Injuries to the leg and knee can make it impossible to earn a living, exercise, or do any number of other daily activities. Among the most common leg injuries are those involving the four knee ligaments: the anterior cruciate ligament (ACL), posterior cruciate ligament (PCL), medial collateral ligament (MCL), and lateral collateral ligament (LCL). Injuries involving these ligaments are often the result of workplace incidents or accidents cause by third parties, such as automobile collisions and slip-and-falls. If you have sustained a knee ligament injury as a result of someone else’s negligence, or a workplace accident, contact the Raleigh personal injury attorneys of Maginnis Law by calling 919.480.8526 or sending a confidential email inquiry using our contact page.
The four ligaments of the knee can each be injured in different ways. By far the most well-known of the ligaments is the ACL, a criss-crossing ligament that connects the upper leg bone to the lower leg bone. This is in no small part due to the number of ACL injuries sustained by professional athletes. Injury to the ACL typically occurs when your foot is planted and your leg stretches too far forward. This can occur do to your own action, such as by suddenly changing direction, or by taking a blow to your knee. The PCL, posterior cruciate ligament, works in conjunction with the ACL and can be injured if you take a blow to the front of your knee, such as by a dashboard in an automobile accident. The MCL can be injured with a blow to the outside of your knee, while the LCL can be injured in the rare blow to the inside of your knee.
The first indication that you may have suffered an ACL tear is the hearing of a “pop” sound or the feeling of the joint shifting. Other indications include instability, swelling, and pain. Unlike many other injuries which require an MRI, an ACL tear may be diagnosed with a physical examination only. The ACL reconstruction surgery itself requires the doctor to attach new tissue to the torn ACL, such as tissue from the patellar tendon or hamstrings. Treatment of PCL tears is much different and more conservative. Because of the difficulty associated with PCL reconstruction, doctors typically only recommend surgery for Grade III tears. For lesser tears, physical therapy, ice, and other non-surgical techniques are utilized.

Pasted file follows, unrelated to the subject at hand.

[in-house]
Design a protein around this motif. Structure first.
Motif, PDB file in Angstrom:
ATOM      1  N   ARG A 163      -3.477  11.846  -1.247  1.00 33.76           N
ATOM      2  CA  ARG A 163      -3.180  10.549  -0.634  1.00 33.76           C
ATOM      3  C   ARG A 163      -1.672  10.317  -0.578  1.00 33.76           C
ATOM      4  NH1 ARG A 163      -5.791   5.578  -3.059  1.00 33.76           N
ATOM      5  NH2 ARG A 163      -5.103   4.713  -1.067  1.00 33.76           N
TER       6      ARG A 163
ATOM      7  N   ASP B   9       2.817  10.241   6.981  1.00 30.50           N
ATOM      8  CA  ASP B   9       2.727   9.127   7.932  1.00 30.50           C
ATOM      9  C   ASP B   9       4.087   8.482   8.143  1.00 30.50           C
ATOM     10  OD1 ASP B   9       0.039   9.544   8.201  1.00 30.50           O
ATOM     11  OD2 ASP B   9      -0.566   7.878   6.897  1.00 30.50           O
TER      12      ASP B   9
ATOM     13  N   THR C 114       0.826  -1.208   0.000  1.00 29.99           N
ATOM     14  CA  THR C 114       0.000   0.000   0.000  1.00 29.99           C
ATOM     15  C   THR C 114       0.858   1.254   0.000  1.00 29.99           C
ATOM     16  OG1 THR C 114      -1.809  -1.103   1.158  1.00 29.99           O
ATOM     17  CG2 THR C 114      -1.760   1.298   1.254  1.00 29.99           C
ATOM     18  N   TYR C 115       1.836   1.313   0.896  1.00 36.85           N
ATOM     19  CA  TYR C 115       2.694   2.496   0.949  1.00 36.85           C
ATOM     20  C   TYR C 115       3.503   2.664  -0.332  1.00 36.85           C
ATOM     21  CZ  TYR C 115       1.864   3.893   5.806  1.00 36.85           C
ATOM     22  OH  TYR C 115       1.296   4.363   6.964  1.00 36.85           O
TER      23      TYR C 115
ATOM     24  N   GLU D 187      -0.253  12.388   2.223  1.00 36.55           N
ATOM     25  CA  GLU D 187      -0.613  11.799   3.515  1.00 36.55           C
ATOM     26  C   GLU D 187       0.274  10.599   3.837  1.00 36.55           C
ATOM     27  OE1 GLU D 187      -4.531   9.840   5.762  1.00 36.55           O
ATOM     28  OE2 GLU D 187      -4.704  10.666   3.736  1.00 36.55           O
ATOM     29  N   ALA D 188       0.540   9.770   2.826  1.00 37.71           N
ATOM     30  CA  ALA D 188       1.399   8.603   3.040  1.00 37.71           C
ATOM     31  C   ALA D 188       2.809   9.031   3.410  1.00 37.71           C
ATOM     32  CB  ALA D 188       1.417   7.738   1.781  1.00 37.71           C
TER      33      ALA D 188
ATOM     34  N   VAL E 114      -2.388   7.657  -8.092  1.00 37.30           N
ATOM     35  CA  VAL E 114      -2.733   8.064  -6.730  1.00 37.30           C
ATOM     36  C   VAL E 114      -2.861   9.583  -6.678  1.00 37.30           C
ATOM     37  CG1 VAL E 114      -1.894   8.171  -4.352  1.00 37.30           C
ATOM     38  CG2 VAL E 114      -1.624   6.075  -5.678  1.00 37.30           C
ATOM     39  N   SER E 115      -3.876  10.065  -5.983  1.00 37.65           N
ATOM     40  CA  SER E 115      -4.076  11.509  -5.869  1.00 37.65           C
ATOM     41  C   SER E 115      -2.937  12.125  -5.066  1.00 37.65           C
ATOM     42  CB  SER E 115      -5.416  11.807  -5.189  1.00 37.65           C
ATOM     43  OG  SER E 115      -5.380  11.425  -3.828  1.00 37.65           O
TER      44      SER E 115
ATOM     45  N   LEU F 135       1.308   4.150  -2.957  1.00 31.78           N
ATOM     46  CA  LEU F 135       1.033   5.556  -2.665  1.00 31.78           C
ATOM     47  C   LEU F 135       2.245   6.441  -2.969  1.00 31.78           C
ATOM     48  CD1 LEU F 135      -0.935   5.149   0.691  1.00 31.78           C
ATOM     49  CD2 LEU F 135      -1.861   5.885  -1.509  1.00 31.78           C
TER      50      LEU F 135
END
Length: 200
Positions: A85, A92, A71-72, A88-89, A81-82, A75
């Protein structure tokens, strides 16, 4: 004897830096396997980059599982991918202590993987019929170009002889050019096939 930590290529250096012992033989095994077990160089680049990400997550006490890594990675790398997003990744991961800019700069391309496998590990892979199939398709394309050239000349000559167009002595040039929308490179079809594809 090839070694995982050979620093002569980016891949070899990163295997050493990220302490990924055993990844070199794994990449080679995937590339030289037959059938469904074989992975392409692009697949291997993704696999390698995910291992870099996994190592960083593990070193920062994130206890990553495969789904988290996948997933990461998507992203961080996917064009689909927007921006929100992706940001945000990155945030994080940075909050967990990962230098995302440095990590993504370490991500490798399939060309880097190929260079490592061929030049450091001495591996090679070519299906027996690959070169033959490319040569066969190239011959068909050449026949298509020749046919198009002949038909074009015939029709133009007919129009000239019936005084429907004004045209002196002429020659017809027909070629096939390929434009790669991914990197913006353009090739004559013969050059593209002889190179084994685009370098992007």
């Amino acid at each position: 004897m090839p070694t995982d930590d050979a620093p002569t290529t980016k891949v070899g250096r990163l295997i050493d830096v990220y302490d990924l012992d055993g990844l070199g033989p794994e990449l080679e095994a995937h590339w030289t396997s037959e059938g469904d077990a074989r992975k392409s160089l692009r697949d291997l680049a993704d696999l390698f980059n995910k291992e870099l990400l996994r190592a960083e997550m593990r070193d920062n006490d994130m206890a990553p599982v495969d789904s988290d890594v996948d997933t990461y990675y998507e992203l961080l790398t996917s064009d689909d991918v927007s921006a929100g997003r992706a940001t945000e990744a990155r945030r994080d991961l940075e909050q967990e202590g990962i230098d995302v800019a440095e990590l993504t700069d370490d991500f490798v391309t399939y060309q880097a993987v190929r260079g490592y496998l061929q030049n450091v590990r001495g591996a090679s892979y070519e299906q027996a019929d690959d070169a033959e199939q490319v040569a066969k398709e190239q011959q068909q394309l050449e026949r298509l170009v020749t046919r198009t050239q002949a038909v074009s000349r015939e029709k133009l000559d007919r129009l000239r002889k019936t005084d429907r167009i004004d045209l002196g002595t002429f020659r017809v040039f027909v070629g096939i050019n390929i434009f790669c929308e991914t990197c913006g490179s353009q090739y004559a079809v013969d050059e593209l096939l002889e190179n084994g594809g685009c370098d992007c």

If you have sustained a PCL or ACL tear as a result of a workplace incident or an accident caused by a negligent third party, you are entitled to recover fair compensation. For non-employment related injuries, you may recover, among other things, damages for medical and pharmaceutical expenses; lost wages and/or diminished earning capacity; physical, mental, and emotional pain and suffering; and temporary/permanent disability. For workers’ compensation claims you may recover, along with the cost of your medical treatment, damages for temporary total disability and permanent partial disability.
The knee injury attorneys of Maginnis Law provide free consultations to all prospective automobile accident, slip-and-fall, and workers’ compensation clients. If you are unable to come meet with us, we’ll travel to meet with you. To make hiring an attorney more feasible, we offer contingency fee arrangements. This means that you do not pay any attorneys’ fee unless we are successful in obtaining a recovery for you.
To discuss your knee injury claim, contact attorney Shawn Howard at 919.480.8526 or send the details of your case using our contact page. Our accident injury lawyers handle automobile accident and workers compensation cases throughout North Carolina, including Raleigh, Durham, Cary, Chapel Hill, Pittsboro, Apex, Wake Forest, Greenville, Fayetteville, Sanford, and Wilson.